Bilateral Lung and Liver Hydatid Cyst with Massive Hydropneumothorax: A Rare Case Report in Kuwait

Article Information

Ahmad E Al-Mulla1*, Derar Al Shehab2, Essa AlGhunaim2, Ehab Saad Imam1, Hamad F Alsanea1

1Department of surgery Farwaniya hospital, Ministry of Health, Kuwait

2Cardiothoracic surgery department thoracic unit, Chest hospital, Ministry of Health, Kuwait

*Corresponding author: Ahmad E Al-Mulla, Department of surgery Farwaniya hospital, Ministry of Health, Kuwait

Received: 13 October 2021; Accepted: 20 October 2021; Published: 21 October 2021

Citation: Ahmad E Al-Mulla, Derar Al Shehab, Essa AlGhunaim, Ehab Saad Imam, Hamad F Alsanea. Bilateral Lung and Liver Hydatid Cyst with Massive Hydropneumothorax: A Rare Case Report in Kuwait. Journal of Surgery and Research 4 (2021): 565-571.

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Bilateral lung and synchronous hydatid cyst is a unique presentation in a patient. It is endemic in some parts of the world, but it is rare in Kuwait. Hydatid cyst results from Echinococcus infection, and it affects between one and nine people in 10,000 countries where it is endemic. Management of hydropneumothorax because of hydatid cyst can proceed in two or one stage, depending on the extent and presentation of the disease. We are presenting the course and management of a 19-year-old male presented with a unique Echinococcus infection.


Echinococcus infection, Hydatid cyst, Hydropneumothorax, Synchronous lung and liver cysts

Echinococcus infection articles, Hydatid cyst articles; Hydropneumothorax articles; Synchronous lung and liver cysts articles

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Article Details

1. Introduction

A hydatid cyst (HC) is a medical emergency. It is endemic in Africa, Central Asia, southern South America, the Mediterranean, and the Middle East [1]. It affects between one and nine people in 10,000 countries where it is endemic [2]. One of the crucial problems in Echinococcus infection is morbidity in young adults and mortality (2.5-7%) in infected cases [3]. Our case report discusses the management course of a 19-year-old Syrian patient who presented with bilateral lung (HC) with hydropneumothorax with synchronous liver cysts.

2. Case Presentation

A 19-year-old Syrian male presented to our emergency department complaining of a one-day history of sudden right-sided chest pain with dyspnoea, productive cough, nausea, and vomiting. The patient had similar symptoms three months ago after encountering cattle and sheep on his farm and was treated conservatively. Upon examination, he had decreased breath sounds, especially on the right, and hyper-resonance on percussion. A chest x-ray (CXR) showed massive right-sided pneumothorax with bilateral cavitation (Figure 1). The surgical team inserted a 32F chest tube in casualty (Figure 2). He was admitted for further observation and investigation. CT scans of his chest and abdomen were done, demonstrating a sizeable 7 x 6.3 cm complicated cyst lesion with compression on the lower lobe of the right lung and a smaller 1.7 cm adjacent cyst. A 9 x 8 cm cystic lesion at the left lung with another daughter cyst measuring about 0.7 cm were also observed. Another non-enhancing cyst was found on the liver's right lobe, measuring approximately 2.6 x 2.7 cm. The impression was hydropneumothorax with bilateral lung synchronous liver hydatid cyst (Figure 3). Blood and sputum serology was positive for Echinococcus. The patient was referred to chest surgeons and physicians for assessment. They decided to start him on antiparasitic medication for three weeks, followed by surgical excision of the hydatid cysts. A two-stage operation was scheduled at the chest hospital.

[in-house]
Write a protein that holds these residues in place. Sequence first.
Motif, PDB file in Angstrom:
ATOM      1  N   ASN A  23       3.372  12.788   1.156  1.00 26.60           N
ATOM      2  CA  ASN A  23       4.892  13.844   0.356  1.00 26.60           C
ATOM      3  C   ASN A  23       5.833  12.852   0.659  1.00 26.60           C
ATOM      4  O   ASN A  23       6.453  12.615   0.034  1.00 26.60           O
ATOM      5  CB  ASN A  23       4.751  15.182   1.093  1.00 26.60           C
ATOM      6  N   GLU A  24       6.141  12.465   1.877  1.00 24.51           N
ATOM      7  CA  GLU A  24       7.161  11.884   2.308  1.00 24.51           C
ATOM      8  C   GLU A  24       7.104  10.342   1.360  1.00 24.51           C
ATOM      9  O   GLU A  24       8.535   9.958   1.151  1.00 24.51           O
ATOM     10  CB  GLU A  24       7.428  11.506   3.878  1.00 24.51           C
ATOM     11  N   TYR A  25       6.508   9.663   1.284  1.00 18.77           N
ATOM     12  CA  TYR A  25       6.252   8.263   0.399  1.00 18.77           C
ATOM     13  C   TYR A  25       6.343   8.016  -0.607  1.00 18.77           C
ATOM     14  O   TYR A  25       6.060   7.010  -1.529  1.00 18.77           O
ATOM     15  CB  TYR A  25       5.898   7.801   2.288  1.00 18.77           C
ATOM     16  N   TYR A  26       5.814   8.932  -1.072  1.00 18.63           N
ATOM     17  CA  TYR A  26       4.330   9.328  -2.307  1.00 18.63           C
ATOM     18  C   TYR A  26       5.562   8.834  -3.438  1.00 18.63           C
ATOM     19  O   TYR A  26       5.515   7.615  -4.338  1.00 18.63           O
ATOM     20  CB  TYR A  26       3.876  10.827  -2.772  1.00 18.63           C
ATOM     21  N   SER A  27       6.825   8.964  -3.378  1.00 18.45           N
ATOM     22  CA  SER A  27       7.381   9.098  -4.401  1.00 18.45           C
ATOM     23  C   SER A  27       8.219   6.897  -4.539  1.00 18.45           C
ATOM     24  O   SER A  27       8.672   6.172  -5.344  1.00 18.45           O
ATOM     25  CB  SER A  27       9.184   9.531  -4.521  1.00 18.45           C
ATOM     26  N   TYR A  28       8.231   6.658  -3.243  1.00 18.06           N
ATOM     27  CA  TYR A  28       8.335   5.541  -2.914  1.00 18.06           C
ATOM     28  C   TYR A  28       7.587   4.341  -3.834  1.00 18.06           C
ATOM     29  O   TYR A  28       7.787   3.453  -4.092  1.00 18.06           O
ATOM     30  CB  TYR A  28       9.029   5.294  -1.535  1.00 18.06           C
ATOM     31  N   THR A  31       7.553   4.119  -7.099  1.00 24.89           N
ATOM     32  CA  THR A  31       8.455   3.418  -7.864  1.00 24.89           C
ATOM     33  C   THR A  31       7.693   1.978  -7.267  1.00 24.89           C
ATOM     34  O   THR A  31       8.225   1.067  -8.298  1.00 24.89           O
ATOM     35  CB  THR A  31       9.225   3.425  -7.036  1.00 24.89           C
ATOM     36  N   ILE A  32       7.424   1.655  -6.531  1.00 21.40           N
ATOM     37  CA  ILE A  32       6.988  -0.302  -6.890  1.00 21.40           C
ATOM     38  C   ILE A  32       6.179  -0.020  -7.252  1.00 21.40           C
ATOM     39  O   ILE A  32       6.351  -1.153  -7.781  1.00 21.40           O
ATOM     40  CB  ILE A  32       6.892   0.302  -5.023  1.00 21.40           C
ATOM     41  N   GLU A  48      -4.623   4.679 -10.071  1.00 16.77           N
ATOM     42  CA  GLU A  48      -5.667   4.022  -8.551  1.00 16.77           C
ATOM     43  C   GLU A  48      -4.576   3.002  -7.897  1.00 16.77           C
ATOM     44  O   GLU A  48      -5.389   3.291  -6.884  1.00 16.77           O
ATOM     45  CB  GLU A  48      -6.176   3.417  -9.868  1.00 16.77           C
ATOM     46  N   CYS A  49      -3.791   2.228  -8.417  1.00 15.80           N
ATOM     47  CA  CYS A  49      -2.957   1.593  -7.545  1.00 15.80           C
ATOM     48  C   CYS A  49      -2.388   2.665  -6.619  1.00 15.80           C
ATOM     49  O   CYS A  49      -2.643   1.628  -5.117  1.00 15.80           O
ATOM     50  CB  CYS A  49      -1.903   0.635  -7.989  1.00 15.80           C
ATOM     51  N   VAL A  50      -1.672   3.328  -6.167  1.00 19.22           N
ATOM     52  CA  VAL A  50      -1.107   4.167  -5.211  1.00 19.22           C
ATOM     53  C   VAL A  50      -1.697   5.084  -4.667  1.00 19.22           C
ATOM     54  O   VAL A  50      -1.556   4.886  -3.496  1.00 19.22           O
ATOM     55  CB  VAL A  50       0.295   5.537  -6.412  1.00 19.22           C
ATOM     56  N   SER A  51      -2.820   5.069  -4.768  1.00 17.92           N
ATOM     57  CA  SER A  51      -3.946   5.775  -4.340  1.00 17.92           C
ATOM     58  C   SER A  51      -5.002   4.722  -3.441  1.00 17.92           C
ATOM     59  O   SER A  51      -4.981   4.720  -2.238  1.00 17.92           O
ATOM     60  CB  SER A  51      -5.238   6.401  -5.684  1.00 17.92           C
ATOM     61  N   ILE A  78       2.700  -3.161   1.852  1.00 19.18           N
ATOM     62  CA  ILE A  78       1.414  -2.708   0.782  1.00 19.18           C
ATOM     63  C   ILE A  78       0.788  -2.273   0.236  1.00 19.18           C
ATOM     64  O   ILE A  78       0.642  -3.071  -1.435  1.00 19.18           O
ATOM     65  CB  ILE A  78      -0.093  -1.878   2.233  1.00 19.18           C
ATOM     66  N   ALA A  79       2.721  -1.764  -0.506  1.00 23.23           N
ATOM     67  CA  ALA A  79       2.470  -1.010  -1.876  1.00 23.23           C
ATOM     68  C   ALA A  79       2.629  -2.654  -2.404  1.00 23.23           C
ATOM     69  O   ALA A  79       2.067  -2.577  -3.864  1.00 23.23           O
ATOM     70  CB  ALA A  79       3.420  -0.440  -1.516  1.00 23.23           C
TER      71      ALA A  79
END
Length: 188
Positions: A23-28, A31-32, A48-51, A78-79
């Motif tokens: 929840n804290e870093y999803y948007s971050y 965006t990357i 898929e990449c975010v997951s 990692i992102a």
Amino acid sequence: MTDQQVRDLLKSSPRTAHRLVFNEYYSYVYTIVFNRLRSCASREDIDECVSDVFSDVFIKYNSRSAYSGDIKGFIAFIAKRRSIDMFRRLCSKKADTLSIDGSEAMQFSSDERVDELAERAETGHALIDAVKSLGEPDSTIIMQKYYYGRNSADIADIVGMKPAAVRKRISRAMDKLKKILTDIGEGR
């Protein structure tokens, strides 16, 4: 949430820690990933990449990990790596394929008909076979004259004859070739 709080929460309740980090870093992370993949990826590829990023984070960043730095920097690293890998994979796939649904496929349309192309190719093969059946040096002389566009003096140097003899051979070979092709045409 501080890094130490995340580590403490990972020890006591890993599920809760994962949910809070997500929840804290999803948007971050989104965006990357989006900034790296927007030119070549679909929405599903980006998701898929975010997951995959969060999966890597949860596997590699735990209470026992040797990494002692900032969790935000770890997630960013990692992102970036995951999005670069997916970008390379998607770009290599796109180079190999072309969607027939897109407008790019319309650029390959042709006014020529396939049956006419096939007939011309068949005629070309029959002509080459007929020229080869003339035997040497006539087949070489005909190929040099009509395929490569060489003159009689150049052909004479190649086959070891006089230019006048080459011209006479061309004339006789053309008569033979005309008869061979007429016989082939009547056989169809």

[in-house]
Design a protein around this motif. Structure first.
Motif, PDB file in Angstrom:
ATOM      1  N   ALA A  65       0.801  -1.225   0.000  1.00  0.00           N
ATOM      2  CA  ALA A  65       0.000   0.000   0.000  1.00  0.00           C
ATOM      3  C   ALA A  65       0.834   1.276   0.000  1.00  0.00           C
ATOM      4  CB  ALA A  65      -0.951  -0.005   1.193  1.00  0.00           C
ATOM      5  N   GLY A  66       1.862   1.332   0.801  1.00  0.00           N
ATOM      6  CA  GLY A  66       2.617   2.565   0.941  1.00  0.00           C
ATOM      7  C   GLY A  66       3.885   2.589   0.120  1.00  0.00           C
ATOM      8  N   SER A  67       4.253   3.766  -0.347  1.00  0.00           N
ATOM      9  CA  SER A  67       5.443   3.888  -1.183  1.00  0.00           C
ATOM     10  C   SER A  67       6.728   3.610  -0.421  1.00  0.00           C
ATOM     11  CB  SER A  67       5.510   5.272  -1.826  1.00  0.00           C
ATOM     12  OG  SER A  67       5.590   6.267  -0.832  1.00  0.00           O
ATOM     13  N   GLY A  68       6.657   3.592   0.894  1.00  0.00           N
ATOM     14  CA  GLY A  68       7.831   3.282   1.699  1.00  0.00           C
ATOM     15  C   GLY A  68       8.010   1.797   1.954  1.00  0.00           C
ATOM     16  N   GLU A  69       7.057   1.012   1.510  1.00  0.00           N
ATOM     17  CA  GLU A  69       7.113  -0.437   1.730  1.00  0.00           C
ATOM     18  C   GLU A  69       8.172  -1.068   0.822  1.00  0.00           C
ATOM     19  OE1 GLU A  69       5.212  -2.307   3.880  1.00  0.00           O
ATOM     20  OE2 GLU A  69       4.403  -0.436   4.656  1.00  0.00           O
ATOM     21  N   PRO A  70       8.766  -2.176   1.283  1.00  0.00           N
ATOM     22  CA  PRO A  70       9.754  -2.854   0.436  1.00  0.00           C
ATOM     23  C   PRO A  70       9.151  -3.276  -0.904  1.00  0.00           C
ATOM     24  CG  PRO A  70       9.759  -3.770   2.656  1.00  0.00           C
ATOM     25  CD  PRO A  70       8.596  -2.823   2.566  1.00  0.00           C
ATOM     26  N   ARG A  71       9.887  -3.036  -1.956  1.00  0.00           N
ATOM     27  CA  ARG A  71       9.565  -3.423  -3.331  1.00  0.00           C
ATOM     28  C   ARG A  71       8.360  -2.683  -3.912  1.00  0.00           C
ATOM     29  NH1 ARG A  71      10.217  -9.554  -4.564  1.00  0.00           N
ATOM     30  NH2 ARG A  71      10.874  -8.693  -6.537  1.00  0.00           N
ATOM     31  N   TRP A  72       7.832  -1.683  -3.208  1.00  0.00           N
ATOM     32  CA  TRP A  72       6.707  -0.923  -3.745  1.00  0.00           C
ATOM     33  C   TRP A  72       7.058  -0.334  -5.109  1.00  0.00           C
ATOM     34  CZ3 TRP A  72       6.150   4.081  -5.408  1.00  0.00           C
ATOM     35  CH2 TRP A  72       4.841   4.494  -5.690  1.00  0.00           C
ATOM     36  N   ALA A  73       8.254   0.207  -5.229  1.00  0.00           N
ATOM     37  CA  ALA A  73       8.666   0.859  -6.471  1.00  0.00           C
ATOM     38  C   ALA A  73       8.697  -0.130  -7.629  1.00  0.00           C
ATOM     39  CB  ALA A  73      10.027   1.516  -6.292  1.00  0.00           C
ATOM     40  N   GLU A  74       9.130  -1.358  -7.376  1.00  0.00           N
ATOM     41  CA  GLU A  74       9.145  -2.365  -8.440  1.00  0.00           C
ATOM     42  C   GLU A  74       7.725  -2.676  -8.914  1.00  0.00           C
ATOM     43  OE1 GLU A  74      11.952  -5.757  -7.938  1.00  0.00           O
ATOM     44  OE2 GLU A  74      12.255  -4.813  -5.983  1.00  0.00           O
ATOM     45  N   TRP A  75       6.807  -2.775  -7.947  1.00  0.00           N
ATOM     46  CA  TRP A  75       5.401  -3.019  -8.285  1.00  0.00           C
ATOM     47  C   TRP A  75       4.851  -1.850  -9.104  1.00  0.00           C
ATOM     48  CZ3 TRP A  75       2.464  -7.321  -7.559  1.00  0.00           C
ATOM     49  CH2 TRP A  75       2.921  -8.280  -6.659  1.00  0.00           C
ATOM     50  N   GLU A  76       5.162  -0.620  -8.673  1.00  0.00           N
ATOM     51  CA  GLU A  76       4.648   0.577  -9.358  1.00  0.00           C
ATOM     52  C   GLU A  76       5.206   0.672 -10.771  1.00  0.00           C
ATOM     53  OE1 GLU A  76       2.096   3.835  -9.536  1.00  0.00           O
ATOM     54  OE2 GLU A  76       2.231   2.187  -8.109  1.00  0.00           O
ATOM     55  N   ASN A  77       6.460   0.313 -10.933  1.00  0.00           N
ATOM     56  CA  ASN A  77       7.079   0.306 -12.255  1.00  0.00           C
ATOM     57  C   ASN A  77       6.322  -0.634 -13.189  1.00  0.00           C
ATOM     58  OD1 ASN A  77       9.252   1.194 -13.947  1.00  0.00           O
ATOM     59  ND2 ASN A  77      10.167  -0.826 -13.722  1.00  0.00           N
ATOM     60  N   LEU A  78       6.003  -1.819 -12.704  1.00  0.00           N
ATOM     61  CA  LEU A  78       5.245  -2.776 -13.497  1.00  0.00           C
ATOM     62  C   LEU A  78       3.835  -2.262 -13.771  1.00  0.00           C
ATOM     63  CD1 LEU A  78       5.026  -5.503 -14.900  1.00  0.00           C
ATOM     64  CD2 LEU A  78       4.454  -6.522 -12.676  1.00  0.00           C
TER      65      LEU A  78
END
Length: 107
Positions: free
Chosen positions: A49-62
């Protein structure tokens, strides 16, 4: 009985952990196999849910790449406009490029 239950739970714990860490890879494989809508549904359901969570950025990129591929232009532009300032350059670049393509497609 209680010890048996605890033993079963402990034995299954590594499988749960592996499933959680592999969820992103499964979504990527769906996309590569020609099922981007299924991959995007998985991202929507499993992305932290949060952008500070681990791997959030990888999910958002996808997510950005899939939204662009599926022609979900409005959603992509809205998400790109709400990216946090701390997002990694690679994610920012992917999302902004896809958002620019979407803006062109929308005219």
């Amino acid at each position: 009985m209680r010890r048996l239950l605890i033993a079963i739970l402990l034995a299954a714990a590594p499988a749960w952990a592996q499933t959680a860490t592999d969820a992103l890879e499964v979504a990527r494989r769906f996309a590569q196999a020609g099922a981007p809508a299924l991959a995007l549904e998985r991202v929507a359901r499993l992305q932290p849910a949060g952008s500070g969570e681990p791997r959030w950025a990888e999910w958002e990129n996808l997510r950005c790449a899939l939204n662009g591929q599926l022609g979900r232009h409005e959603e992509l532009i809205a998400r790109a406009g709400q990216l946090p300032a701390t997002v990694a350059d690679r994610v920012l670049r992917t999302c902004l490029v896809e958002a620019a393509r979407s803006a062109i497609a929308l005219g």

Figure 1: Chest X-ray highlighting a massive right pneumothorax and left hydatid cyst shadow


Figure 2: CT-scan lung window demonstrating right-sided pneumothorax and cavitation and a huge left-side cyst.


Figure 3: CT-scan abdomen highlighting a cyst on the right lobe of the liver.

2.1 First stage operation

The thoracic team operated in two stages because of the cysts’ sizes and allowed the patient to recover. The first operation was through a right-side thoracotomy incision; a sizable hydatid cyst was excised from the lung, with lobectomy and debridement (Figures 4,5). A chest drain was placed at the site of the operation.

2.2 Post-operative

Recovery in the hospital was uneventful. The patient was discharged after removal of chest drain and completing antibiotics. The patient was scheduled for a second-stage operation after one month.